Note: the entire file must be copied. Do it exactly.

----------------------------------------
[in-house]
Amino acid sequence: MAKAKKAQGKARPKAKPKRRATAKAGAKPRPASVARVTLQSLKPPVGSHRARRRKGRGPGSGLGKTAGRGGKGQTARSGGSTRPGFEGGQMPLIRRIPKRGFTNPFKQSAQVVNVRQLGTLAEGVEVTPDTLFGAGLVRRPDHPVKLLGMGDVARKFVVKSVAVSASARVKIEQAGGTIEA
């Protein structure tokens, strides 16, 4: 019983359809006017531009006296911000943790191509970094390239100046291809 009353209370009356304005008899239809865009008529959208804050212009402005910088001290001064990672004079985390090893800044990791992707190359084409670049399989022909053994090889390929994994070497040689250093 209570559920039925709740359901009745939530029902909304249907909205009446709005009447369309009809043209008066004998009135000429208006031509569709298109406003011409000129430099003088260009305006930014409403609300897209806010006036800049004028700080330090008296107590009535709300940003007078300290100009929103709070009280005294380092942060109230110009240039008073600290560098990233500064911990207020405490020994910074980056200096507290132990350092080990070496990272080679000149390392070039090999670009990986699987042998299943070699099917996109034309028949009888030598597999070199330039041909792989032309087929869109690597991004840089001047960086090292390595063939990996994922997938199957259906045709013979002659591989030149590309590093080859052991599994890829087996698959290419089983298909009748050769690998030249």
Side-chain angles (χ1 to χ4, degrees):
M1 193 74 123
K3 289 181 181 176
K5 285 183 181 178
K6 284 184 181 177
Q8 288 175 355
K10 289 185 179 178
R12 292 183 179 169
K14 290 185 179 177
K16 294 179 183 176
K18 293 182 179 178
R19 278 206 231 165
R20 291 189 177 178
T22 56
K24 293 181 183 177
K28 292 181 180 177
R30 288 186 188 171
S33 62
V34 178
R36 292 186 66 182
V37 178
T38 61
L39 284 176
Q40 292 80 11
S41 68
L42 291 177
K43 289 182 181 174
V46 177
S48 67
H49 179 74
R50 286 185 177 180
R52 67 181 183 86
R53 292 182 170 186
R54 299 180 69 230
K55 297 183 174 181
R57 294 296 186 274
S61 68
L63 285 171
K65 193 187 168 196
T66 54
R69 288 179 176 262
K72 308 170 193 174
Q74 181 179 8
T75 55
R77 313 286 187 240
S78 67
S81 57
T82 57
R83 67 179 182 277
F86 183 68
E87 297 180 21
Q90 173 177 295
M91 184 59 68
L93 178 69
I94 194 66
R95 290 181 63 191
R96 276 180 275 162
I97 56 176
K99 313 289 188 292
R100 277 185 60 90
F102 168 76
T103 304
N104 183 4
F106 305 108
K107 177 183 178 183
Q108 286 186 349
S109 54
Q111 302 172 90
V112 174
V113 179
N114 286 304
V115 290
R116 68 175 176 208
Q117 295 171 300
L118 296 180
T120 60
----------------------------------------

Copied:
[in-house]
Amino acid sequence: MAKAKKAQGKARPKAKPKRRATAKAGAKPRPASVARVTLQSLKPPVGSHRARRRKGRGPGSGLGKTAGRGGKGQTARSGGSTRPGFEGGQMPLIRRIPKRGFTNPFKQSAQVVNVRQLGTLAEGVEVTPDTLFGAGLVRRPDHPVKLLGMGDVARKFVVKSVAVSASARVKIEQAGGTIEA
């Protein structure tokens, strides 16, 4: 019983359809006017531009006296911000943790191509970094390239100046291809 009353209370009356304005008899239809865009008529959208804050212009402005910088001290001064990672004079985390090893800044990791992707190359084409670049399989022909053994090889390929994994070497040689250093 209570559920039925709740359901009745939530029902909304249907909205009446709005009447369309009809043209008066004998009135000429208006031509569709298109406003011409000129430099003088260009305006930014409403609300897209806010006036800049004028700080330090008296107590009535709300940003007078300290100009929103709070009280005294380092942060109230110009240039008073600290560098990233500064911990207020405490020994910074980056200096507290132990350092080990070496990272080679000149390392070039090999670009990986699987042998299943070699099917996109034309028949009888030598597999070199330039041909792989032309087929869109690597991004840089001047960086090292390595063939990996994922997938199957259906045709013979002659591989030149590309590093080859052991599994890829087996698959290419089983298909009748050769690998030249």
Side-chain angles (χ1 to χ4, degrees):
M1 193 74 123
K3 289 181 181 176
K5 285 183 181 178
K6 284 184 181 177
Q8 288 175 355
K10 289 185 179 178
R12 292 183 179 169
K14 290 185 179 177
K16 294 179 183 176
K18 293 182 179 178
R19 278 206 231 165
R20 291 189 177 178
T22 56
K24 293 181 183 177
K28 292 181 180 177
R30 288 186 188 171
S33 62
V34 178
R36 292 186 66 182
V37 178
T38 61
L39 284 176
Q40 292 80 11
S41 68
L42 291 177
K43 289 182 181 174
V46 177
S48 67
H49 179 74
R50 286 185 177 180
R52 67 181 183 86
R53 292 182 170 186
R54 299 180 69 230
K55 297 183 174 181
R57 294 296 186 274
S61 68
L63 285 171
K65 193 187 168 196
T66 54
R69 288 179 176 262
K72 308 170 193 174
Q74 181 179 8
T75 55
R77 313 286 187 240
S78 67
S81 57
T82 57
R83 67 179 182 277
F86 183 68
E87 297 180 21
Q90 173 177 295
M91 184 59 68
L93 178 69
I94 194 66
R95 290 181 63 191
R96 276 180 275 162
I97 56 176
K99 313 289 188 292
R100 277 185 60 90
F102 168 76
T103 304
N104 183 4
F106 305 108
K107 177 183 178 183
Q108 286 186 349
S109 54
Q111 302 172 90
V112 174
V113 179
N114 286 304
V115 290
R116 68 175 176 208
Q117 295 171 300
L118 296 180
T120 60